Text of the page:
Love what you’re reading? Sign up to our email newsletter, and get inspiration delivered straight to your inbox.

Hardy Magnolias For Iowa

One of the common historical problems with magnolia in the midwest has been that they’d often get hit with a late spring frost during critical blooming periods, and their blossoms would not be hardy enough to withstand the freezing temperatures. Luckily, there’s been lots of research and development put into magnolia breeding. Over time, many later-blooming varieties have been bred to avoid those late spring frosts we often get. 

Here are our top five hardy magnolia trees for your Iowa yard or garden.

Royal Star Magnolia is a fairly compact magnolia that can be pruned as a shrub or tree. It can grow up to a height of 20′ tall and up to 15′ wide. It features large-yet-dainty 6″ bright white double blooms that open to release their sweet fragrance in March. Royal Star performs best in a full to part sun location. This cultivar is a brilliant addition to moonlight or white-themed gardens. 

Ann Magnolia is another compact variety, maxing out at 15′ tall and 12′ wide. It features gorgeous blossoms, with petals that are dark reddish-pink on the outside and pale pink to white on the inside. They open in April and get to be 4-6″ across. Ann magnolia likes full to part sun.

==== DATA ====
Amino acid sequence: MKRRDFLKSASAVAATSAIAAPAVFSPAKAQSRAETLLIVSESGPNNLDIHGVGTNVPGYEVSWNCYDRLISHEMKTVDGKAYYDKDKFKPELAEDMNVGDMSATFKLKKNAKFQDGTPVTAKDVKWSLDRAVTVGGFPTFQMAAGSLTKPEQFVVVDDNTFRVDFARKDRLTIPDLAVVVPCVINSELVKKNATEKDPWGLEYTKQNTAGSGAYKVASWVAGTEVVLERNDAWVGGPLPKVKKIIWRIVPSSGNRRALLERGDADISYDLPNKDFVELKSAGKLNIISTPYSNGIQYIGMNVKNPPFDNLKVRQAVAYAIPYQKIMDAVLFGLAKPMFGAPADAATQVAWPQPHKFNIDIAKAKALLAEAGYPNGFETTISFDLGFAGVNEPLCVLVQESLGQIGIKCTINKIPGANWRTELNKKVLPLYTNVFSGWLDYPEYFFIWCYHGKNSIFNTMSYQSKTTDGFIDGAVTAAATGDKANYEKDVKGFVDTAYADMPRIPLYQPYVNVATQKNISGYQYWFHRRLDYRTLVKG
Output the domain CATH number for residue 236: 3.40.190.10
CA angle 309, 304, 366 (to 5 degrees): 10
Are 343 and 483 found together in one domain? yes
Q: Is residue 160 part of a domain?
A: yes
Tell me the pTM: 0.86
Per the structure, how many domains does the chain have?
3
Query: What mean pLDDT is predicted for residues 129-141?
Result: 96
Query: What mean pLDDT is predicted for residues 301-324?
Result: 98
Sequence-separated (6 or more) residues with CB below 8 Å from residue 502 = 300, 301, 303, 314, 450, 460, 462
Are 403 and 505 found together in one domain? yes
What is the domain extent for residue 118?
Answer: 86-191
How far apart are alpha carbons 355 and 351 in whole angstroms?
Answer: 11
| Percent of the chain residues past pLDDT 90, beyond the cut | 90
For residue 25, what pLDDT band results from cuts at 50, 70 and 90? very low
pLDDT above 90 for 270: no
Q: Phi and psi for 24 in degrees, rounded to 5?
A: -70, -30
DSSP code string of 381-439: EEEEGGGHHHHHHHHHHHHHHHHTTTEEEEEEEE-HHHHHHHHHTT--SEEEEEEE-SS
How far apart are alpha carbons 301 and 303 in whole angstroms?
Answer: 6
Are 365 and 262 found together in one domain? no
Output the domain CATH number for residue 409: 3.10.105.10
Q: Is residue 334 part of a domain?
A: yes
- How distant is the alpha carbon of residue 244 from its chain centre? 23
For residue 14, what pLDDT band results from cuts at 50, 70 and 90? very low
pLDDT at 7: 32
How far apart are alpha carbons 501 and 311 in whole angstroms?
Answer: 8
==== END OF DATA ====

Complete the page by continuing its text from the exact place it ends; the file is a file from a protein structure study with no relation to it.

Butterflies Magnolia is considered one of the finest yellow magnolias. It is a medium-sized tree reaching up to 30′ tall to 15′ wide. The blooms of Butterflies magnolia are a beautiful canary yellow with a rich lemony fragrance. They open in April and are about 4-6″ across. Butterflies magnolia likes sunlight, but it can also tolerate a fair bit of shade compared to other varieties. 

Umbrella Magnolia is a medium-sized tree growing up to 20′ tall and 15′ wide. It features very large, creamy-white flowers with huge tropical-looking leaves. It is not as fragrant as other varieties, but its blossoms are exceptionally showy. Its 6-10″ blooms burst to life in May or June. Umbrella magnolia will do well in the shade; it’s native to North America and grows commonly in the understory of the Appalachian Mountains.  

Black Tulip Magnolia is a smaller tree reaching 15′ tall and 12′ wide. It features the darkest magnolia flowers of the bunch, with deep burgundy-red blooms that open in April. Black Tulip magnolia will do best in a full sun location.

There’s nothing like the drama of a magnolia tree in bloom to celebrate the season of spring. If you’d like to consider adding a beautiful magnolia to your yard, stop by our garden center today. We can help you select the perfect variety for your yard. 

Posted on Leave a comment

How to Make a Driftwood Succulent Planter

Succulents are some of the decade’s most popular houseplants. Since these adorable plants are typically small enough to group into fun arrangements, more and more people are getting crafty to find new and unique ways to display their succulents. One of our favorite looks is the driftwood succulent planter. Whether you’ve collected some driftwood from Iowa‘s lakes and rivers or brought some home from a trip to the coast, these planters are a great way to use driftwood as part of your home decor.